The Sensational Psychology of Art
The origins of creativity, neurosis and the artist

Ever since Freud first ventured into the problems of creativity, psychoanalysis has stressed the darker, negative aspects of art. Plato, long ago, noted that the artist was divinely inspired and therefore mad. Freud's classical theory of the psychogenesis of art –art that arises from sublimation of troubling, repressed energy – is now highly accessible, but is its sensationalistic view of the mad “deviant” artist still relevant in today's world?

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The creations of the artist, in Freud's view, are primarily an expression of the creator's unresolved neurotic conflicts. The artist (unerringly described as a deviant male) is pictured as a sexually-frustrated childish neurotic, who weaves his wild fantasies as a substitute for his unsuccessful attempts at meaningful fulfillment in the Real World. His painting may, in the Freudian interpretation, be compared to the symptoms of the neurotic. For Freudians, the artwork is ultimately a mere manifestation of a neurosis, and the artist is always a sick man.

Following in the footsteps of Freud's theory (while clearly overlooking its exceptions), many writers have sought to explain a work of art by delving into the disturbed emotional life of the artist to explain its hidden meaning. In their view, the theme of the composition is always autobiographical and reflects the artist's own unresolved neurotic problems. Freud started this trend with his epochal study of Leonardo da Vinci, which traced the relationship between Leonardo's inverted sexuality and his art. In its wake, modern writers continue to romantcize and fethisize the artist as a dangerous, neurotic deiant whose soul function in the modern setting it to warn good society of the dangers of delving too deeply into the world of passion and the mind.

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Yet the point must be emphasized here that many people, not only artists, have endured suffering. A biographer who digs enough can always locate evidence of emotional instability and a pained psyche in everyone. Man's existential Angst is universal. But not all of us utilize this feeling for creative purposes. Why then seek the origin of art in the endless cesspool of man's constant anxiety?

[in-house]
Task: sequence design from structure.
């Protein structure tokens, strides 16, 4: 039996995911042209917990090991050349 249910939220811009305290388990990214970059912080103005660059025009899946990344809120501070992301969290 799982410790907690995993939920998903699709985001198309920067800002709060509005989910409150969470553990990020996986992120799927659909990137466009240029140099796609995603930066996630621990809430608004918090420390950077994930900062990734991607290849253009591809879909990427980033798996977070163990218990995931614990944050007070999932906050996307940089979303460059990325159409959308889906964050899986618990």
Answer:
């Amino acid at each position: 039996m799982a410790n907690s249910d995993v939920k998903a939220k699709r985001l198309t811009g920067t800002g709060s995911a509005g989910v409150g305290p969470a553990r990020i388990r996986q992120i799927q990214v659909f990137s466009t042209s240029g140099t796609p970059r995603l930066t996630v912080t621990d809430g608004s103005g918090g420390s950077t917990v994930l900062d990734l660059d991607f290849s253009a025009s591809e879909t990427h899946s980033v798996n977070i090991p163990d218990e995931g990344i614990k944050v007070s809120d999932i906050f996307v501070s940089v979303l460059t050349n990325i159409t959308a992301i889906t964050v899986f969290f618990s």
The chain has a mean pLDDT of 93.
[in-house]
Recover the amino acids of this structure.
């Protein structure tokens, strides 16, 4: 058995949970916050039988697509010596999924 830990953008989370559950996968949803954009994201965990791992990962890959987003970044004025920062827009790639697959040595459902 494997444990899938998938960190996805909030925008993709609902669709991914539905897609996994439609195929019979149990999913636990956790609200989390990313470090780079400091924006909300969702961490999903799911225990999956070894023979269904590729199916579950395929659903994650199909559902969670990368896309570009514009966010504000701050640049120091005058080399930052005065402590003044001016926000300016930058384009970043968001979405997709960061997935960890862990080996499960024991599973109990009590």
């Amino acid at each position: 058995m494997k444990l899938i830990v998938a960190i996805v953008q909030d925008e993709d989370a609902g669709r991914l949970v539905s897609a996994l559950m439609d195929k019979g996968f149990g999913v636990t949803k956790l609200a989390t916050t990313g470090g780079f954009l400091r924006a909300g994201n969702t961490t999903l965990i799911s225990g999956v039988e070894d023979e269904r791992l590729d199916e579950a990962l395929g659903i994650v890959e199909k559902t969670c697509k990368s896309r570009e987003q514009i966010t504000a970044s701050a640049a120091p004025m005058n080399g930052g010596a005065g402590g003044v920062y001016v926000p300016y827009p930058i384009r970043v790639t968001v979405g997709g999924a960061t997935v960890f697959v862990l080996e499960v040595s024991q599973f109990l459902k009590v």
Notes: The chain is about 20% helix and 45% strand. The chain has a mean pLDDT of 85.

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The roots of creativity need not be sought in the artist's unconscious, because the act of creation is not, as is widely held, an abnormal function, but a basic natural potentiality of human existence. Creation is found at all levels of life and should be interpreted as indication of vigorous self-expression rather than a compulsive act of warped sexuality. The artist, instead of being a driven, unsatisfied person may be more correctly regarded as one who is fulfilled, who sees more profoundly into life. The true artist can communicate his vision to others; the neurotic, on the other hand, cannot.

 

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The neurotic, whatever his hang-ups, is at least striving for growth and fulfillment, which places him in a sense above the "normals", who have given up and lost their capacity for self-expression. They have become merely part of the mass that take things as given. Passively accepting all, the dull “normals” of society merely go along with the conceptual framework imposed by the social environment. The neurotic (who is a kind of "failed artist") rejects this framework in an attempt to construct his own system of ideas.

The artist, rejecting the "normal" foundation, replaces it by building his own individualized vision of life, which he can then successfully express to others.

Text by: R. Litt.
Paintings by: Odd Nerdrum.

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